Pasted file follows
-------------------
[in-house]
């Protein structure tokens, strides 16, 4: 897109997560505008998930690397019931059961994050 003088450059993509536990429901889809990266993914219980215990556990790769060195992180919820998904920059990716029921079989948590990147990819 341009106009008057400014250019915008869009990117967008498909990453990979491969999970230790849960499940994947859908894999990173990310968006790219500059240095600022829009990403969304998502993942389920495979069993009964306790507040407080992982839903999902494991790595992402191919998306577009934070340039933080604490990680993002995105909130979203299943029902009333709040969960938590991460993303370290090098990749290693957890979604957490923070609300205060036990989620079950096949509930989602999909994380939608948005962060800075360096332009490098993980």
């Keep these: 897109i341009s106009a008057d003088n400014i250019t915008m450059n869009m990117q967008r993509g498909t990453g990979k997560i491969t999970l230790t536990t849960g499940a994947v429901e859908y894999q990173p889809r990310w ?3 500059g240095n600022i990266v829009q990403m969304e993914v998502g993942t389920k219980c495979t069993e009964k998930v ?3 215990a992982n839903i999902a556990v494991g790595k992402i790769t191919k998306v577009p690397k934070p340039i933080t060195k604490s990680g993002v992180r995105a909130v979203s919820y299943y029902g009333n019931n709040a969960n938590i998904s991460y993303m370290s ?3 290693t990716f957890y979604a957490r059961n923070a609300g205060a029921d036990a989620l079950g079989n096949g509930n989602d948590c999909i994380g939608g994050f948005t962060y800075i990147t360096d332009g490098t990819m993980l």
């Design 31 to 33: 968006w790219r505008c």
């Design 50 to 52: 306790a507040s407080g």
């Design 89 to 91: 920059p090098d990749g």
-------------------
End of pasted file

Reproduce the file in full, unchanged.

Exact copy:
[in-house]
């Protein structure tokens, strides 16, 4: 897109997560505008998930690397019931059961994050 003088450059993509536990429901889809990266993914219980215990556990790769060195992180919820998904920059990716029921079989948590990147990819 341009106009008057400014250019915008869009990117967008498909990453990979491969999970230790849960499940994947859908894999990173990310968006790219500059240095600022829009990403969304998502993942389920495979069993009964306790507040407080992982839903999902494991790595992402191919998306577009934070340039933080604490990680993002995105909130979203299943029902009333709040969960938590991460993303370290090098990749290693957890979604957490923070609300205060036990989620079950096949509930989602999909994380939608948005962060800075360096332009490098993980």
């Keep these: 897109i341009s106009a008057d003088n400014i250019t915008m450059n869009m990117q967008r993509g498909t990453g990979k997560i491969t999970l230790t536990t849960g499940a994947v429901e859908y894999q990173p889809r990310w ?3 500059g240095n600022i990266v829009q990403m969304e993914v998502g993942t389920k219980c495979t069993e009964k998930v ?3 215990a992982n839903i999902a556990v494991g790595k992402i790769t191919k998306v577009p690397k934070p340039i933080t060195k604490s990680g993002v992180r995105a909130v979203s919820y299943y029902g009333n019931n709040a969960n938590i998904s991460y993303m370290s ?3 290693t990716f957890y979604a957490r059961n923070a609300g205060a029921d036990a989620l079950g079989n096949g509930n989602d948590c999909i994380g939608g994050f948005t962060y800075i990147t360096d332009g490098t990819m993980l």
């Design 31 to 33: 968006w790219r505008c």
């Design 50 to 52: 306790a507040s407080g």
């Design 89 to 91: 920059p090098d990749g």